SquishyMcSquish Full Member

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    Love it, hopefully they make lots of money for a great cause and fingers crossed it'll wind up as many people as possible who somehow get annoyed at people who are dead being remembered.

    Such a 'farce' that people are actually bothered by this. Don't take part if you don't care, this is your right. Don't try and ruin it for the majority who do want to pay respects and do want to contribute. It's a part of the English game and hopefully it always be.
  32. Nov 8, 2018 at 19:29

    Moriarty Full Member

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    For those who don't want to wear the traditional red poppy, you can always wear a white one. They've been around since the 1930s but even they have their detractors.
  33. Nov 8, 2018 at 19:48

    Rooney24 Full Member

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    But you have ignored this point through this thread on a few occasions.

    It hasn't always been part of the English game. Leicester were the first PL team to wear it in 2003. United and Liverpool the last to join in 2010.

    It's something relatively new to the game to be fair and something it survived long enough without. And look at the debate it sparks every single year. It honestly should be kept well well away from football and had it have been none of this nonsense debate would ever have rared it's head. Nor do I think most people would be any the wiser about the history and views of James mcclean or Nemanja Matic.
  34. Nov 8, 2018 at 19:52

    Rooney24 Full Member

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    So logically then you won't understand how people can feel so strongly about wearing the poppy and remembering the dead of the first and second world war since most of us weren't born when those events happened ?
  35. Nov 8, 2018 at 19:54

    SquishyMcSquish Full Member

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    But it is a part of it now .. and a majority embrace it, whilst most who don't are just happy to shrug their shoulders, not take part but accept it. Then you have a small minority who are somehow bothered by people honouring dead British soldiers in England.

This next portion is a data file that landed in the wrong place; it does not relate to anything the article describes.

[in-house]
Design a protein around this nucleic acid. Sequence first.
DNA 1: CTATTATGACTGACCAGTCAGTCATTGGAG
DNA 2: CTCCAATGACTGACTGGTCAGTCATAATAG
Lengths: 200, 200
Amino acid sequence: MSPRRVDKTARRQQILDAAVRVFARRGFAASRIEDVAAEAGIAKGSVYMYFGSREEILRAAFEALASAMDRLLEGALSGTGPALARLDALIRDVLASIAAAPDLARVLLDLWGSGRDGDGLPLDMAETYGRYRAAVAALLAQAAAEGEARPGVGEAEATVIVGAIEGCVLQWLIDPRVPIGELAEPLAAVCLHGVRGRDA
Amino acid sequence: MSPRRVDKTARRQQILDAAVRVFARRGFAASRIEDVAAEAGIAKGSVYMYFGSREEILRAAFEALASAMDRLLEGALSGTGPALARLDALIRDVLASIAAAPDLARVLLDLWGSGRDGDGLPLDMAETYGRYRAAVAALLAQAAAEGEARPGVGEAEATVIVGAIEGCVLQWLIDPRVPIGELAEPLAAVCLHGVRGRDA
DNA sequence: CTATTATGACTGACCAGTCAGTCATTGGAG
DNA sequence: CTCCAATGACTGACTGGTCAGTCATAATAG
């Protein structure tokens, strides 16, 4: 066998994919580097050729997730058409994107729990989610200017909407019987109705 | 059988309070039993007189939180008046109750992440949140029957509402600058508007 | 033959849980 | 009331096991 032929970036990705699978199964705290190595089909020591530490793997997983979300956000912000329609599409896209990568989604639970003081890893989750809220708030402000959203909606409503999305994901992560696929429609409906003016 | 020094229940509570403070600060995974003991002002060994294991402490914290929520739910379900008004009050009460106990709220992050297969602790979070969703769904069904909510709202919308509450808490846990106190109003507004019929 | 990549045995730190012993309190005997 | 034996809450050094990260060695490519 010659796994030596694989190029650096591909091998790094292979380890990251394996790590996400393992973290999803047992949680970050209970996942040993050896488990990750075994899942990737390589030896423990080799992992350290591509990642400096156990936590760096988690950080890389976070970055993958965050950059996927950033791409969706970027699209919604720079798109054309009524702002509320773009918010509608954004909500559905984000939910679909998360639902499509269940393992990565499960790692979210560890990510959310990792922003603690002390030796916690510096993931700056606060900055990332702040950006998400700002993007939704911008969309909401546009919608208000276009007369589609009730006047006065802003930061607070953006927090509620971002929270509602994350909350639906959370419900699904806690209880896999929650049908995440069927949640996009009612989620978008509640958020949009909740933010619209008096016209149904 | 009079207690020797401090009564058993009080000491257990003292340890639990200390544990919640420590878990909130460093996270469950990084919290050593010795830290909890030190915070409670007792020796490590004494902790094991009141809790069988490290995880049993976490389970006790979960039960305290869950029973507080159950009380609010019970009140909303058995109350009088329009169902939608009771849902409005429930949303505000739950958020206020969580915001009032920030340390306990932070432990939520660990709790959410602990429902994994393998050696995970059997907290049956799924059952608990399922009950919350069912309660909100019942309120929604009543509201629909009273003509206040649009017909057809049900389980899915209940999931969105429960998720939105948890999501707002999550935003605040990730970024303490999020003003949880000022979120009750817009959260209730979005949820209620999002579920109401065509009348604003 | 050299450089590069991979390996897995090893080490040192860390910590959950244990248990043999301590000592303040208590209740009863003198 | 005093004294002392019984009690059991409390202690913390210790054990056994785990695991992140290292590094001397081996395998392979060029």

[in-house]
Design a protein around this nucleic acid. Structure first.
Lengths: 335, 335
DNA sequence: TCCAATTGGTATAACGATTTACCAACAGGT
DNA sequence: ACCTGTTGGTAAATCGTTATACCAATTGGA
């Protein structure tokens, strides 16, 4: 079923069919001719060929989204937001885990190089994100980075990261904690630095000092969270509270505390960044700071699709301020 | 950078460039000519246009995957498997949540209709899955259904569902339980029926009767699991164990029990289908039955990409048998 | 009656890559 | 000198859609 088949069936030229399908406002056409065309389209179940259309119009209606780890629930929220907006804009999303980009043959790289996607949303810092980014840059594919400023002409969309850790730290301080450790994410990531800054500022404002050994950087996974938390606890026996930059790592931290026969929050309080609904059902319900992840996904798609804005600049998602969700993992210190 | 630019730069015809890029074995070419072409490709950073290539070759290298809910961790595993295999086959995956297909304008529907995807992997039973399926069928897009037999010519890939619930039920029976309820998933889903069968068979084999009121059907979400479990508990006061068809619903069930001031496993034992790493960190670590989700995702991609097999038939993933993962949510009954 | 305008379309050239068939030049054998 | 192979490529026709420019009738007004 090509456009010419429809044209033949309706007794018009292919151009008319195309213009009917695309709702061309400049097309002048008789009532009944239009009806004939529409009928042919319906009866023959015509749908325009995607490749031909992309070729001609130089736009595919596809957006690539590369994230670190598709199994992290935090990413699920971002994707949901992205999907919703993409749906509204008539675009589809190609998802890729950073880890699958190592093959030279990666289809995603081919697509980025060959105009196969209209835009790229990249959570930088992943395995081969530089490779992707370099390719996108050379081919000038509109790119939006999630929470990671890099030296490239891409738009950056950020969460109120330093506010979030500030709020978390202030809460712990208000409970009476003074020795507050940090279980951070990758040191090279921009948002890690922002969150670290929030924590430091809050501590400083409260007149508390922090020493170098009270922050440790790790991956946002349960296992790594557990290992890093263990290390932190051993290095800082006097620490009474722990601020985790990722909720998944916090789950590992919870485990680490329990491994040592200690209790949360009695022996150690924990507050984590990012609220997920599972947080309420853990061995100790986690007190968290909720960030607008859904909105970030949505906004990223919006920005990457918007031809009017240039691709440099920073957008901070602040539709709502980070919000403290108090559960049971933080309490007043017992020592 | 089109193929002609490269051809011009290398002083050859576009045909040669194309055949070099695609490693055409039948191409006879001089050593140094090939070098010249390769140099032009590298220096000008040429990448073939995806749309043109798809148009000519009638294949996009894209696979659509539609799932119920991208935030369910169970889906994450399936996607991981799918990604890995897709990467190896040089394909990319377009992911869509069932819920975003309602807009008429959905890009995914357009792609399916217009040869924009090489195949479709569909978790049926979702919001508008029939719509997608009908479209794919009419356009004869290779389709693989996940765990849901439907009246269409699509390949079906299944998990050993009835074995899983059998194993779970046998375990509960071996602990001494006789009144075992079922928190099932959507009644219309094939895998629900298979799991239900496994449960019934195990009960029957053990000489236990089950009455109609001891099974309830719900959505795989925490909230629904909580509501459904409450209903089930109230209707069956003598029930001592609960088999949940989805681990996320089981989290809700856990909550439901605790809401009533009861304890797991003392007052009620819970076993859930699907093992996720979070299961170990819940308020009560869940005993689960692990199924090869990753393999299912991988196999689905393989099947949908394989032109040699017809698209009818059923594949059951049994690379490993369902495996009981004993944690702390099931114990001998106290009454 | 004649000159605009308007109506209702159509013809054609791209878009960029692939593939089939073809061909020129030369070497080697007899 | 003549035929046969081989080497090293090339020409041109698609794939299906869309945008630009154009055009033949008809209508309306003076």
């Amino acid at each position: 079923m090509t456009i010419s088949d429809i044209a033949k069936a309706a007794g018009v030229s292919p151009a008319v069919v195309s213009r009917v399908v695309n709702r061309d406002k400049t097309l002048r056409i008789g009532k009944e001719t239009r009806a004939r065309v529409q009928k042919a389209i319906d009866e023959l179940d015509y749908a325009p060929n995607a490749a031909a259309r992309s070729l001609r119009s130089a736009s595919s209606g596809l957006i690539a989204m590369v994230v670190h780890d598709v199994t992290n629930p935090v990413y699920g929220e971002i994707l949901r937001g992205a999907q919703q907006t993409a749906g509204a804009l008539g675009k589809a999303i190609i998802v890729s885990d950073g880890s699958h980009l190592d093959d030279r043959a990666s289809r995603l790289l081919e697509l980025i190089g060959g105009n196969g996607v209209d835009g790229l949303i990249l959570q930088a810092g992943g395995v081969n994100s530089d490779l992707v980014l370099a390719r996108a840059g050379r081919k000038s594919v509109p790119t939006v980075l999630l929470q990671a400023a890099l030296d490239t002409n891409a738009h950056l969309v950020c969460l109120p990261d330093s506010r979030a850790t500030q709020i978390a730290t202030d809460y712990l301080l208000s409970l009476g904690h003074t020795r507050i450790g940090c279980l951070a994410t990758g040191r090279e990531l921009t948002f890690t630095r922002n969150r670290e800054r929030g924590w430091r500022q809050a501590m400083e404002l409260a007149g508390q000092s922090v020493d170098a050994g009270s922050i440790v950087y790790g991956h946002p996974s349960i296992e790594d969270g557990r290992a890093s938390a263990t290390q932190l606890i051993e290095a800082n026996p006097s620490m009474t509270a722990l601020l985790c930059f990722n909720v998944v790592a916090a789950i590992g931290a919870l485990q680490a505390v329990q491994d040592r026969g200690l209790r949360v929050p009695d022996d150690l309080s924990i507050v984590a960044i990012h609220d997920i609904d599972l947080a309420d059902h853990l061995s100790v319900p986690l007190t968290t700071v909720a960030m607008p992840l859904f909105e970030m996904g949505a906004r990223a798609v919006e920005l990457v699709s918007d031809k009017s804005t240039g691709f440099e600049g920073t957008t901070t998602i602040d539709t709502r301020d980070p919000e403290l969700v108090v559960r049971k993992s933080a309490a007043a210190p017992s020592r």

You think it should have been kept away .. sure whatever, you might have an argument. But it was introduced, and has now become part of the game. It's something a lot of people would resist removing (a hell of a lot more than the people who would support getting rid of it) so it's a moot point.

    You don't like it, fine .. but it is here to stay. I'm not a huge fan of poppy fascism and do think people can go OTT with it, but is it really that much of an issue for you? It's clearly important to a lot of people.
  36. Nov 8, 2018 at 20:53

    Eire Red United Full Member

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    Are you still being pedantic about this? The abuse McCleans getting isn’t racist by definition but its basically as bad as racism.
  37. Nov 8, 2018 at 21:00

    stevoc Full Member

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    So Save the Children has as much of a probability of aiding former British soldiers who committed war crimes as a charity that is specifically geared solely towards aiding former British Soldiers?

    Yeah mate i think you need to have a rethink of that theory. You are being deliberately obtuse now.

    I'm sure the vast majority perhaps even all of the people involved in the British Legion are good folk only trying to help others. And wouldn't support or approve of the actions of some of the soldiers their charity represents.

    But that doesn't detract from the fact the British Legion is linked to representing and supporting former military personnel who served in Northern Ireland and other countries who have been involved in atrocities.
  38. Nov 8, 2018 at 21:03

    Eire Red United Full Member

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    Jesus. The bastards literally exported tonnes upon tonnes of food from Ireland, shooting or imprisoning any starving Irish who tried to take the food back. What did they think was going to happen, we’d eat the grass just?
  39. Nov 8, 2018 at 21:10

    stevoc Full Member

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    So every Jewish person born after the 1940's should have no strong feelings about the holocaust either then?
  40. Nov 8, 2018 at 21:17

    cyberman Full Member

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    Bloody Sunday wasn't that long ago. Its his neighbours father's, uncles, brothers and children that died that day.
    You don't think people who grew up around those affected by Hillsborough aren't touched by it all?